As I mentioned in previous posts, I read a lot of wine blogs. And of course, I co-write this one. But I’m strictly a novice blogger and I hope to improve. Part of the process beyond
reading is to compare notes with other bloggers. Next month I’m going to the 2011 North American Wine Bloggers Conference in Charlottesville, VA to do just that.
There’s definitely a whole lotta wine writing out there. From books to magazines to newspaper columns to blogs to smartphone apps, you can read about wine in virtually any format. Some wine writers get the word out by all these means. Jancis Robinson is giving the keynote address at the conference, and she is pretty much the queen of wine communication in all media. I don’t know if she has an iPhone app, but she’s one of the few wine writers recognized by people who don’t necessarily consider wine a daily food group requirement. (She also wears very cool glasses, as you can see here and here. As someone who has needed glasses since the fourth grade, I can’t thank her enough!)
Registering for the conference back in February got me thinking about wine writing, how it has changed over time, and how it compares to writing on other topics. So I’ve been reading a lot of books, newspapers, and magazines containing wine writing and re-read Gourmet magazine’s review of its wine writing over the years. I’ve also looked at some of my favorite wine blogs to see how they’ve changed, too. I can’t claim comprehensiveness, of course, but I’m lucky I can consider it part of my job!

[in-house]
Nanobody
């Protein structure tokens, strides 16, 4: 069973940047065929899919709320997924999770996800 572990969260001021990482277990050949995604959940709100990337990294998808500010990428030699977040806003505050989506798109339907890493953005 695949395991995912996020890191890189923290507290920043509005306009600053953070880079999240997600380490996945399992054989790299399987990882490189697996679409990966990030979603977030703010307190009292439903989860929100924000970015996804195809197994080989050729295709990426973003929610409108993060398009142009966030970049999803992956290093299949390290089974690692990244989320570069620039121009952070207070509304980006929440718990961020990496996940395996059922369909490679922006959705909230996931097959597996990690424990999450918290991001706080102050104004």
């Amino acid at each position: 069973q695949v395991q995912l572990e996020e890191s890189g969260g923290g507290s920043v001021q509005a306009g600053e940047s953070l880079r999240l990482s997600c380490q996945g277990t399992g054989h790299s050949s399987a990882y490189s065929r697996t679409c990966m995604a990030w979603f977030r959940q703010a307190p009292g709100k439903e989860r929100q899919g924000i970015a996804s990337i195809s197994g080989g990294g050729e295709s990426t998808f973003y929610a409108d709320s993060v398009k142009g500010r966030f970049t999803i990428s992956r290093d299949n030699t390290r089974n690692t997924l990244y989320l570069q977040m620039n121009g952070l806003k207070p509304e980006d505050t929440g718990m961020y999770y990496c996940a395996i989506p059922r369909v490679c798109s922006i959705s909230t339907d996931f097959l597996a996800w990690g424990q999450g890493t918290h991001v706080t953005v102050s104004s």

One overarching observation: ubiquity breeds irreverence, or at least much less reverence. The majority of wine writing today is a lot more fun to read than it used to be, at least to me. The older writings from Gourmet definitely approached wine as a VERY IMPORTANT THING. Perhaps it was, especially in the years after the repeal of prohibition, when most U.S. wineries had to start from scratch after years of non-production. And the writers’ audience was people who had been unable to get wine legally for nearly two decades, and who mostly didn’t travel abroad.